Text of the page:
Getting an early start by growing plants indoors is becoming more and more popular among gardeners (in harsher climates especially). The main advantage is having yield for your herbs and vegetables as early into the season as possible, and beautiful blooms before most others!
Find the right space:
Look for the area needed to store the indoor garden you are planning. Depending on the size, you will need to adjust the room you need. Try finding a table near a window that has access to light. Be sure not to get too close to the windows (especially old aluminum windows) as this may cause a draft. Vinyl floors beneath your plants are a bonus as it is easy to clean spills. Try planting your starter plants into a plastic cup, 4″ grower pot or other household container. Anything can work really, so get creative!
The majority of plants grow well between 18 and 23 degrees Celsius. Plants that are too hot will grow stretchy, while plants that are too cold may have a yellowish tinge to their foliage.
Plants need moisture, which means a lack of humidity in the house can make growing a challenge. Furthermore, growing in the seasons when you have your heat on, can add to that challenge.
Three signs your plants are not getting the humidity they need:
1) Falling leaves, 2) Withering foliage 3) Browning tips
To increase humidity we recommend:
- Mist plants daily, or more often as needed. Avoid misting hairy-leaved plants since the water hangs around longer and can cause disease.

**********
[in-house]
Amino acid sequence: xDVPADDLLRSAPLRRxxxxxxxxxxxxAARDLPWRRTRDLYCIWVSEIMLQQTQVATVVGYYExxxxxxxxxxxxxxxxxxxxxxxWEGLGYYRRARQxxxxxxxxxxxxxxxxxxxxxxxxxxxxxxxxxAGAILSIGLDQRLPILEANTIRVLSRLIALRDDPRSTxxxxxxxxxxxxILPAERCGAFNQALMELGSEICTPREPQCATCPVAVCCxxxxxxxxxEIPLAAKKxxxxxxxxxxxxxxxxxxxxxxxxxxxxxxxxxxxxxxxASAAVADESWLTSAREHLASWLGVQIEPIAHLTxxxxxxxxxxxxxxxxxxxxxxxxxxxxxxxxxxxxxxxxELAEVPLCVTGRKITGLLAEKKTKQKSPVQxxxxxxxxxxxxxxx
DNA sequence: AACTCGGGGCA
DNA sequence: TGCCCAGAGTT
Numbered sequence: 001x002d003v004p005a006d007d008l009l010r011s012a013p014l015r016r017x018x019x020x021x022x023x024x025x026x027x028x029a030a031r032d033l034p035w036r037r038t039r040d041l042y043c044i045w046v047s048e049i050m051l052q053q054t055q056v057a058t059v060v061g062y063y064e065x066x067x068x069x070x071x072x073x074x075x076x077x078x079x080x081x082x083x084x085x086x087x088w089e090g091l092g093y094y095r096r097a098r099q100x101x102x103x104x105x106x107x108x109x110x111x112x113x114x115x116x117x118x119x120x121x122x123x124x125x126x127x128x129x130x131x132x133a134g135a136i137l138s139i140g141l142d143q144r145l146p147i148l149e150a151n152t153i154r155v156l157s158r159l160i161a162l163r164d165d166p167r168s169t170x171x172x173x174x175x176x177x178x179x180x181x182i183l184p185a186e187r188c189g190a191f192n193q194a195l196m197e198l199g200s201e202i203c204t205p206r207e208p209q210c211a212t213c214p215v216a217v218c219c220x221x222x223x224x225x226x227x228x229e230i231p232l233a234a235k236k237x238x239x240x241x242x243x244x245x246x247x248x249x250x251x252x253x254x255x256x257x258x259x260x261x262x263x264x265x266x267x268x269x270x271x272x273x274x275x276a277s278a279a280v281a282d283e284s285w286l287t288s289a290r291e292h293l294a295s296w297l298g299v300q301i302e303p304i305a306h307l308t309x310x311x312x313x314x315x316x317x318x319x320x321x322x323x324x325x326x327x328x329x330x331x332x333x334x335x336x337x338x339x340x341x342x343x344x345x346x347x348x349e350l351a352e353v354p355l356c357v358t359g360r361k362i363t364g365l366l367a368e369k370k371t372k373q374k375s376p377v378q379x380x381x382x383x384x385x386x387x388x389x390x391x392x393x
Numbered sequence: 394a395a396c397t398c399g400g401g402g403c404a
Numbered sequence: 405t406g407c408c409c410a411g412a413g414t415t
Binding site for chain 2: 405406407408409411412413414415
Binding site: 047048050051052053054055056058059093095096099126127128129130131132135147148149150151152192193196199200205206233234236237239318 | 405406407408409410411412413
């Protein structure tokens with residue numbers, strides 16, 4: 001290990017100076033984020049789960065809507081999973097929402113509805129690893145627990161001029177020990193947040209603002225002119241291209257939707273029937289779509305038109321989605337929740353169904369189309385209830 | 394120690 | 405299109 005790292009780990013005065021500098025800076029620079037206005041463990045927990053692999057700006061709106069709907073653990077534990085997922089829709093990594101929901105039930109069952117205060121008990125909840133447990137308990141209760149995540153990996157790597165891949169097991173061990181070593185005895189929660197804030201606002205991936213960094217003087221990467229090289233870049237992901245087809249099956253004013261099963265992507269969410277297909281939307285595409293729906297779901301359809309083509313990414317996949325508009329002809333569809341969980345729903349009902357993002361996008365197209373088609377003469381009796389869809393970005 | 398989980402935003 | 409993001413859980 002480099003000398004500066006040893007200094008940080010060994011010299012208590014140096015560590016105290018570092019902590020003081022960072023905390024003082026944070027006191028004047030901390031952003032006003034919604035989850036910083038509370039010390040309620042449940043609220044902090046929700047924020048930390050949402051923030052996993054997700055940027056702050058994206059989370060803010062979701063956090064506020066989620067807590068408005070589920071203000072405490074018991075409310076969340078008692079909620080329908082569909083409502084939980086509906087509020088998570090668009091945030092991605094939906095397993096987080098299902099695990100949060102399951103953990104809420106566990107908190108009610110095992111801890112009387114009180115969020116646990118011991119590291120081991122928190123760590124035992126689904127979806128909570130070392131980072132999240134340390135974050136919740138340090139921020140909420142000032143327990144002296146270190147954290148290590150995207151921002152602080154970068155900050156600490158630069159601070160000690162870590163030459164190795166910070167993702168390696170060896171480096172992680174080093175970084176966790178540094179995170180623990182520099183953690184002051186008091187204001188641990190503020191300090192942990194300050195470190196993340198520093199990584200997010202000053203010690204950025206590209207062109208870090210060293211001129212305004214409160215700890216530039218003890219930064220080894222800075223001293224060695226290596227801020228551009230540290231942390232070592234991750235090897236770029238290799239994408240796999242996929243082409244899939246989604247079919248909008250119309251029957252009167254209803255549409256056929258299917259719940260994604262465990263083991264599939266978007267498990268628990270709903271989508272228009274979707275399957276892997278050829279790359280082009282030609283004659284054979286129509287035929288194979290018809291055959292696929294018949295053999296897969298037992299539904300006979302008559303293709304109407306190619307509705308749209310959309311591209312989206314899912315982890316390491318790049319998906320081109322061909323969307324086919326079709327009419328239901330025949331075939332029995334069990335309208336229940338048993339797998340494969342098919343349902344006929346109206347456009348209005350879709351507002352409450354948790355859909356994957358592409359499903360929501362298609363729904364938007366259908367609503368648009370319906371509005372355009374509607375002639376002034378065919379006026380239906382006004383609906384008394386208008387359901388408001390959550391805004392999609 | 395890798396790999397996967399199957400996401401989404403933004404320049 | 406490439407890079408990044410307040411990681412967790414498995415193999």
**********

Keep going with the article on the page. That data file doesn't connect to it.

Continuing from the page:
- Place a tray of water near your garden (don’t put plants in the tray, this can lead to other problems). Fill the tray with lava rocks to increase surface area for evaporation.
- Place plants close together to create a microenvironment with a higher relative humidity.
- Run a humidifier (this might benefit your skin as well!).
Use an organic or high grade soil if possible. Using soil from outside will usually not suffice.
Moving the plants outside:
Plants moving outside need a period of “hardening” to adjust to the different climate. The following steps will help acclimate an indoor grown plant to the outdoors:
- Allow 5-7 days before you transplant your plants. Place them outside in a shady spot or cold frame for 3-4 hours for the first day.
- Each day, increase the time spent outdoors by 1-2 hours. Bring plants back in each night.
- After 2-3 days, place plants in morning sun, then move them into the shade in the afternoon.
- If the temperature stays around 10°C, plants should be able to stay out all day and night after 5 days.
- If possible, transplant on a cloudy day and water thoroughly.